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Projects: Projects for Investigator
Reference Number ES/N014421/1
Title Smart Cities in the Making: Learning from Milton Keynes
Status Completed
Energy Categories Not Energy Related 85%;
Other Cross-Cutting Technologies or Research(Environmental, social and economic impacts) 15%;
Research Types Basic and strategic applied research 100%
Science and Technology Fields SOCIAL SCIENCES (Town and Country Planning) 20%;
SOCIAL SCIENCES (Sociology) 80%;
UKERC Cross Cutting Characterisation Sociological economical and environmental impact of energy (Policy and regulation) 15%;
Sociological economical and environmental impact of energy (Consumer attitudes and behaviour) 75%;
Sociological economical and environmental impact of energy (Technology acceptance) 10%;
Principal Investigator Professor G Rose
No email address given
Geography OUCE
University of Oxford
Award Type Standard
Funding Source ESRC
Start Date 01 January 2017
End Date 31 December 2018
Duration 24 months
Total Grant Value £595,650
Industrial Sectors
Region South East
Programme Grants
Investigators Principal Investigator Professor G Rose , Geography OUCE, University of Oxford (99.996%)
  Other Investigator Dr MB Cook , Faculty of Sci, Tech, Eng & Maths (STEM, Open University (0.001%)
Dr N Bingham , Faculty of Arts and Social Sci (FASS), Open University (0.001%)
Dr P Raghuram , Faculty of Arts and Social Sci (FASS), Open University (0.001%)
Professor s Watson , Faculty of Arts and Social Sci (FASS), Open University (0.001%)
  Industrial Collaborator Project Contact , Bristol City Council (0.000%)
Project Contact , University of Manchester (0.000%)
Project Contact , Community Action Milton Keynes (0.000%)
Project Contact , Tech Mahindra Limited (0.000%)
Project Contact , Milton Keynes Council (0.000%)
Project Contact , MK Gallery (0.000%)
Project Contact , MK:Smart (0.000%)
Project Contact , Transport Systems Catapult (0.000%)
Project Contact , Virtual Viewing (0.000%)
Project Contact , Fred Roche Foundation (0.000%)
Web Site
Abstract The past decade has seen the widespread emergence of what are now often called 'smart cities'. Smart cities are generally understood to use the data produced by digital technologies to enhance their sustainability (by encouraging more efficient use of resources), economic growth (through innovating new products and markets) and openness (by enabling greater citizen participation in city governance). 'Smart cities' are a global phenomenon at the heart of how many cities are planning for future growth, and the UK is no exception. Over half of UK cities are implementing smart projects, and the government's Information Economy Strategy aims to make the UK a global hub of smart city delivery by capturing 10 per cent of the global smart city market by 2020. The government directly funds several large smart city projects, sponsors three innovation Catapults with direct links to smart initiatives, and the British Standards Institute is developing a framework for implementing smart city technologies. 'Smart', then, is increasingly central to UK urban development.Smart technology in UK cities takes many forms, from smart grids, to sensors and chargers embedded in the built environment, to smartphone apps, to online open data repositories and dashboards. Smart cities are much, much more than their technological devices, though: a smart city also requires smart urban policy-making, it produces smart products, it has 'smart citizens' and it has visions of what smart is and should be, and all these things converge and diverge in all sorts of ways. Currently, although local community and citizen participation is repeatedly asserted to be a prequisite for a successful smart city, almost nothing is known about how the development and rollout of smart policies and technologies actually engage city residents and workers. Who are smartphone apps designed for and what social needs do they ignore? What kind of populations are described by smart data hubs, and who do policies using such data therefore address? Indeed, various concerns have been voiced by journalists, academics and urban activists that smart activity may well not reach socially marginalised groups and individuals, for example, and that it might therefore contribute to increased levels of social polarisation in cities between the digital 'haves' and 'have-nots'.This project grasps the chance to answer these questions at a critical moment in the maturing of smart, and offers a real opportunity to generate social science that can both analyse and inform developments.Through a detailed empirical study of an actually-existing smart city - Milton Keynes - this project examines how smart policies, technologies, products, visions and engagement activities imagine particular kinds of users, citizens and consumers. It will thus enable a wide range of public and private-sector local stakeholders in MK to understand much better who their smart activity isengaging, how and why. These findings will then help to ensure that smart city activities are as accessible to as many different kinds of people as possible, and that as many people as possible are engaged by the smart city emerging in Milton Keynes.The project has been designed in collaboration with a range of local and national stakeholders in the UK smart city scene, including MK Council, MK:Smart, the Transport Systems Catapult, as well as Community Action MK, the umbrella group for voluntary and community groups in the city. This means that not only will its findings help MK to be a socially-inclusive smart city, but also that the project's findings will have impact on smart cities across the UK and beyond.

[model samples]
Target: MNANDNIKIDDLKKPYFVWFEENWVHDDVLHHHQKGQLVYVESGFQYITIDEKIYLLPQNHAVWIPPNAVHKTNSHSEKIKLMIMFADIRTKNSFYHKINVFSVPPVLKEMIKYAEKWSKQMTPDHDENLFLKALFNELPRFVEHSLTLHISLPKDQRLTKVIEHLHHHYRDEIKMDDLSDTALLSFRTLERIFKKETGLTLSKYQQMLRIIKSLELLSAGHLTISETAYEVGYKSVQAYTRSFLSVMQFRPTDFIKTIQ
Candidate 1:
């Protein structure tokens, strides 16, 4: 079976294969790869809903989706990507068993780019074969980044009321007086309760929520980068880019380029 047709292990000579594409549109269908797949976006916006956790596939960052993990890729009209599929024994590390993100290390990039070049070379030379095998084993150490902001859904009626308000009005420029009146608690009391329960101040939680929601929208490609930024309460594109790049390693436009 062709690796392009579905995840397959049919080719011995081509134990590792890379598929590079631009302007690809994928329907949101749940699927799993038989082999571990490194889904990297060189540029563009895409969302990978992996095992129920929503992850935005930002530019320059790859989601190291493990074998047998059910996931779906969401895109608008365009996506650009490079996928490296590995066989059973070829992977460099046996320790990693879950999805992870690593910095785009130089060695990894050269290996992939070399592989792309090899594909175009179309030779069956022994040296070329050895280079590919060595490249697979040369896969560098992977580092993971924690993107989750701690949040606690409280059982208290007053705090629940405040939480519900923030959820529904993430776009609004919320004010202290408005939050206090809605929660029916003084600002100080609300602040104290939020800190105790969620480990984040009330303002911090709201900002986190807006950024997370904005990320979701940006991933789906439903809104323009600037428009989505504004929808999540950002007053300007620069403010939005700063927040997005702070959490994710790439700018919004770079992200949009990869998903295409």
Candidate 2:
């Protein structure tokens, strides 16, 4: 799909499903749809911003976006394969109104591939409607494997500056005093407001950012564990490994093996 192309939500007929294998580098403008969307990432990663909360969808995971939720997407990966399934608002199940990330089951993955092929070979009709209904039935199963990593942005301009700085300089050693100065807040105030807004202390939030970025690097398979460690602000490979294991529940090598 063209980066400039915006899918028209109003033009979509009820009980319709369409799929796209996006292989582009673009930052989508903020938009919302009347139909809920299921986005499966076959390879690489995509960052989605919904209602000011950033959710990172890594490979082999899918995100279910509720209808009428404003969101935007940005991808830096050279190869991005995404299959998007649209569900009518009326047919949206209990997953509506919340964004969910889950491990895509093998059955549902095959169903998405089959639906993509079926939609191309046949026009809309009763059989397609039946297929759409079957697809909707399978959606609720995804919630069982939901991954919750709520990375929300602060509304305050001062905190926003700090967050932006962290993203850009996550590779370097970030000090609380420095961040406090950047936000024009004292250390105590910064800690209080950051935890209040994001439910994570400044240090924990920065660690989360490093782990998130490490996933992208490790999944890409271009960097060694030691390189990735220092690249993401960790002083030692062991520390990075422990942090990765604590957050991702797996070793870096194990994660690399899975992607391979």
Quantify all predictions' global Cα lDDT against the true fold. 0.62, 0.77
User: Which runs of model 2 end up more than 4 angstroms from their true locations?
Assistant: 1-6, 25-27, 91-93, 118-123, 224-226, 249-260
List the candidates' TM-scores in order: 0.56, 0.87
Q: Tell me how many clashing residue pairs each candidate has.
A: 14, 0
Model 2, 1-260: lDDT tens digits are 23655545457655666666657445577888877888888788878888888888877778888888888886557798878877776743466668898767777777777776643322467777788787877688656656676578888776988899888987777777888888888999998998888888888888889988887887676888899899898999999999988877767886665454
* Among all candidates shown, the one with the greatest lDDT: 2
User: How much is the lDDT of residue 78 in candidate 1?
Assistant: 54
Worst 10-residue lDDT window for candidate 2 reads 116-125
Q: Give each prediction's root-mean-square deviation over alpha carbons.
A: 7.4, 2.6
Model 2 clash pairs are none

Publications (none)
Final Report (none)
Added to Database 05/12/17